|South Block in Delhi|
I had written this a few years ago, it is still valid, I think.
On meeting new Indian friends, if I tell them that I have been living for nearly 4 decades in their country, they are usually amazed.
They can’t really understand: “We Indians we dream of migrating to the West where everything is clean, organized, politicians are not that corrupt, trains run on time, the streets are safer, etc… Why would you stay in India all these years?”
I usually answer that I see two Indias, one ‘incredible’ India which attracted me in the early 1970s; the India I still love, and then there is the other India which make want to many migrate.
Whether one sees India ‘shining’ or only perceives the less likable India, one can’t deny that the nation is fast becoming a major world power.
Many questions remain, one of them is: has India the means to assume her new status?
The field of Foreign Policy is particularly symptomatic and worth looking at. Can the present Foreign Service be an effective tool for the ‘major power in-becoming’?
What is a ‘Major Power’?
At the outset, it is important to define what a ‘major power’ is.
Is it a moral power (like Nehru wanted India to be in the 1950’s); a scientific/innovator power (like Finland and the Noika experience); a soft cultural power (like Buddhist India during Ashoka’s times); a military power (like the US today, and to a lesser extent, the People’s Republic of China) or an economic power (like several emerging nations). In today’s world, it is all these attributes together?
It is true that in the past India has been a soft-power; she has exported her philosophy and civilization far away upto Central Asia, South-East Asia, East Asia and elsewhere.
Not only does the Indian civilisational input seem to have been forgotten by most of the Asian nations, but in today’s world, it is not really enough to be ‘soft’ alone.
It is when India became an economic power in the 1990’s that India started to become respected as a ‘major power’ on the planet.
We are living today in the age of globalization and ‘economy’ is unfortunately the main factor taken in consideration to determine if a nation is a ‘big’ or an insignificant power.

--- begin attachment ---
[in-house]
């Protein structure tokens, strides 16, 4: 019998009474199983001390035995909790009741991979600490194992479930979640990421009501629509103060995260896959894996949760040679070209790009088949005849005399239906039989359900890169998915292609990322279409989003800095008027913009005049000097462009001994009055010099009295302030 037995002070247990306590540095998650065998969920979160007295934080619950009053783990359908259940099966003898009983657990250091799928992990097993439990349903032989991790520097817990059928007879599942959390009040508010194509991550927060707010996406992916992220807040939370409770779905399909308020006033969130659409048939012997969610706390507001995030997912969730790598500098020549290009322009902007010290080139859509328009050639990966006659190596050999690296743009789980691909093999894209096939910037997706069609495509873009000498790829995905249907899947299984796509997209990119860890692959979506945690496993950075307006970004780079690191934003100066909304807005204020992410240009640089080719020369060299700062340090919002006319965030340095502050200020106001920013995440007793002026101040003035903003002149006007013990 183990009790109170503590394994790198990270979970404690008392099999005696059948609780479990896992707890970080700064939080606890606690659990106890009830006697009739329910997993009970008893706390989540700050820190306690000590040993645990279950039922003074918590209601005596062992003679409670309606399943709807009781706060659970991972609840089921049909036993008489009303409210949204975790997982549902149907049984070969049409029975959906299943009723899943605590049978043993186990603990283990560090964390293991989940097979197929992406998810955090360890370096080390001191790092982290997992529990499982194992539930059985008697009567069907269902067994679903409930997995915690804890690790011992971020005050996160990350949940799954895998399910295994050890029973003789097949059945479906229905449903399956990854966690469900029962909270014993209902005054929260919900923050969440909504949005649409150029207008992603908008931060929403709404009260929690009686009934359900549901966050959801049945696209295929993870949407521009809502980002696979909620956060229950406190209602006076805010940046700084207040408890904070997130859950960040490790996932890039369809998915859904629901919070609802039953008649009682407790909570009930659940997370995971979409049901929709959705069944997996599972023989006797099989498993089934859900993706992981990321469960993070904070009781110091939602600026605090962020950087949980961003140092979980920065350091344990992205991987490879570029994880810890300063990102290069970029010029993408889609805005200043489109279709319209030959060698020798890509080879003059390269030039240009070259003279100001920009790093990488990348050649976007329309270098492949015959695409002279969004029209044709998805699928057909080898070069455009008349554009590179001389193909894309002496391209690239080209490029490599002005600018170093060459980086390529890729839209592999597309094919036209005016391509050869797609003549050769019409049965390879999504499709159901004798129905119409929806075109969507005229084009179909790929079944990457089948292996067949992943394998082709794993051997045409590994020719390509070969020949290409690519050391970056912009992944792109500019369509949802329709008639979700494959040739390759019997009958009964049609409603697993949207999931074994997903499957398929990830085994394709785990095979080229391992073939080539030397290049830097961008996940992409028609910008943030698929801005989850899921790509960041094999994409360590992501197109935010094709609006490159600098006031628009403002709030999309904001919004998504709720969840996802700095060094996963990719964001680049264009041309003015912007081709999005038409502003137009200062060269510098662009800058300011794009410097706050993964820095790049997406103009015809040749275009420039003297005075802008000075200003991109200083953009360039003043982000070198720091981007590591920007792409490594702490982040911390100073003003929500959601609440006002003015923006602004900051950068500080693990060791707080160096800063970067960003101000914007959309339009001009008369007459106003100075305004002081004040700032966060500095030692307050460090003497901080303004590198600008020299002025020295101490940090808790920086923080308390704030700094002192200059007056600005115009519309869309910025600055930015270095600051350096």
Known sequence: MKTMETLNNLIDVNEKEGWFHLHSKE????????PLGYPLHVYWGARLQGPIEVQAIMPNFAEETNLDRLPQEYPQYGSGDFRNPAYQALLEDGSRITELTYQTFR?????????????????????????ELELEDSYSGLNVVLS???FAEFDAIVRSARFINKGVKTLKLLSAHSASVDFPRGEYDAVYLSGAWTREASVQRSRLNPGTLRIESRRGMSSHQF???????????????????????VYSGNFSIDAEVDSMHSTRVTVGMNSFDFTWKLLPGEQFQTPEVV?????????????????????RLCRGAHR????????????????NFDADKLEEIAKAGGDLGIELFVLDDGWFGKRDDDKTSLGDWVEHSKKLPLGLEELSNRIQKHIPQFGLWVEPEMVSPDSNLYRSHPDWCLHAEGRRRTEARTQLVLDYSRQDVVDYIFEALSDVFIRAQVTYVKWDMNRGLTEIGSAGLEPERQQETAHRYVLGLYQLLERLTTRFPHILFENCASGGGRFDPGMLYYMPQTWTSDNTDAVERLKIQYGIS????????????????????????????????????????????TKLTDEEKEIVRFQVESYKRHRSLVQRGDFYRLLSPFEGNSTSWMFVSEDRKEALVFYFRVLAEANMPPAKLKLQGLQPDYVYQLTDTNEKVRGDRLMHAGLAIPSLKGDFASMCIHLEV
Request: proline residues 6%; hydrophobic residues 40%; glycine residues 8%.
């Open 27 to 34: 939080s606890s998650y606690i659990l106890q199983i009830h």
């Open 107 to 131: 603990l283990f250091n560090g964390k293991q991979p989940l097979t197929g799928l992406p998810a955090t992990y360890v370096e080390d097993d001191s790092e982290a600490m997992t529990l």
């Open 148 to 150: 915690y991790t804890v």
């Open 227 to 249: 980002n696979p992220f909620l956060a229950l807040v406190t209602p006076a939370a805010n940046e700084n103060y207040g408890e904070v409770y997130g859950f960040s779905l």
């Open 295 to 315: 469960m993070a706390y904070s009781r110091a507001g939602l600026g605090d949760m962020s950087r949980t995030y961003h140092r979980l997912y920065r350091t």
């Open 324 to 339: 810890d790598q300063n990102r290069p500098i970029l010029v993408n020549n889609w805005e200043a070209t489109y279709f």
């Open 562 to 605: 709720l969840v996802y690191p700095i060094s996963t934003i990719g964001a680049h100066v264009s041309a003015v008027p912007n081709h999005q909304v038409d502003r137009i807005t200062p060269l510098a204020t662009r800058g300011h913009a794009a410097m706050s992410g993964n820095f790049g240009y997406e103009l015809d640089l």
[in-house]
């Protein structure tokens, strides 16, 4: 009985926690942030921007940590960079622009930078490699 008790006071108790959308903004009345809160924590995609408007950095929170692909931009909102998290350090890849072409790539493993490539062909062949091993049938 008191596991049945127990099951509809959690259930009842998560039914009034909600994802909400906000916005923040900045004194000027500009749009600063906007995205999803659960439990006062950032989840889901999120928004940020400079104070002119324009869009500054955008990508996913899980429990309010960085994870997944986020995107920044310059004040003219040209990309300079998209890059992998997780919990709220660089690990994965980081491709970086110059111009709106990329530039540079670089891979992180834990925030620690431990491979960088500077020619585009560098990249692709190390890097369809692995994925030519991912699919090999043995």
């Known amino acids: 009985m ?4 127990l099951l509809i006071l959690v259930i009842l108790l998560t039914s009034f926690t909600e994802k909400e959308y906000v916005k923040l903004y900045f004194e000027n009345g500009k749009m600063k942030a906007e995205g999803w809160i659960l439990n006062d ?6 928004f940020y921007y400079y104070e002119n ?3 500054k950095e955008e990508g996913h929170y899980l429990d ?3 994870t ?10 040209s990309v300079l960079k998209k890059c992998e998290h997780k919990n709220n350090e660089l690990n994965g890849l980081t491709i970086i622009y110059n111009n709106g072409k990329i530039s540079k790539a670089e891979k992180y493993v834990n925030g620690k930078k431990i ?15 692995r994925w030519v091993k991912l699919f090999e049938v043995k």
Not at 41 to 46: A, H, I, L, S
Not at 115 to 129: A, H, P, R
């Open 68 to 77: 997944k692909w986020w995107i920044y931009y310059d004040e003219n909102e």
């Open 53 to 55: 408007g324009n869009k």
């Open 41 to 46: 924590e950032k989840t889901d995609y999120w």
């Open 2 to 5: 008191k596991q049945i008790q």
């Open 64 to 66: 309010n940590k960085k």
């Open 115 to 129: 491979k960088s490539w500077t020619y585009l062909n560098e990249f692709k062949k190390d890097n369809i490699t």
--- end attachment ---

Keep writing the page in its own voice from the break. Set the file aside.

When did India become a ‘big’ power?
In the 1990s, India emerged as a power to reckon with.
It was mainly due to the economic ‘liberalization’ introduced by Prime Minister Narasimha Rao; suddenly out of the straitjacket of Soviet-type planned economy, India started blooming.
The main turning point was perhaps Pokharan II.
On May 11, 1998, Operation Shakti was carried out.
‘Shakti’ was the codename of a thermonuclear device which was exploded in the Pokhran test range in Rajasthan; since then, the tests are known as Pokhran II. Though it resulted in several sanctions against India by a number of major states, on that day, India entered the club of those who ‘have it’.
Interestingly, western nations then began to dissociate India and Pakistan; earlier, the equation had been purposefully kept by some ‘powerful’ nations, particularly the United States, to create a ‘balance’ in the subcontinent.
What does a big power’s diplomacy require?
Let us return to the question: has India the required Foreign Service to support the diplomacy of a major nation?
An interesting research was published a few years ago by Daniel Markey, a Senior Fellow of the Council on Foreign Relations in Washington DC. Markey pointed out some of the issues which prevent India’s diplomacy to grow:
- expand, reform, pay, and train the Indian Foreign Service to attract and retain high-caliber officers.
- encourage the growth of world-class social science research and teaching schools in India through partnerships with private organizations.
- invest in Indian think-tanks and exchange programs that build capacity for foreign policy research.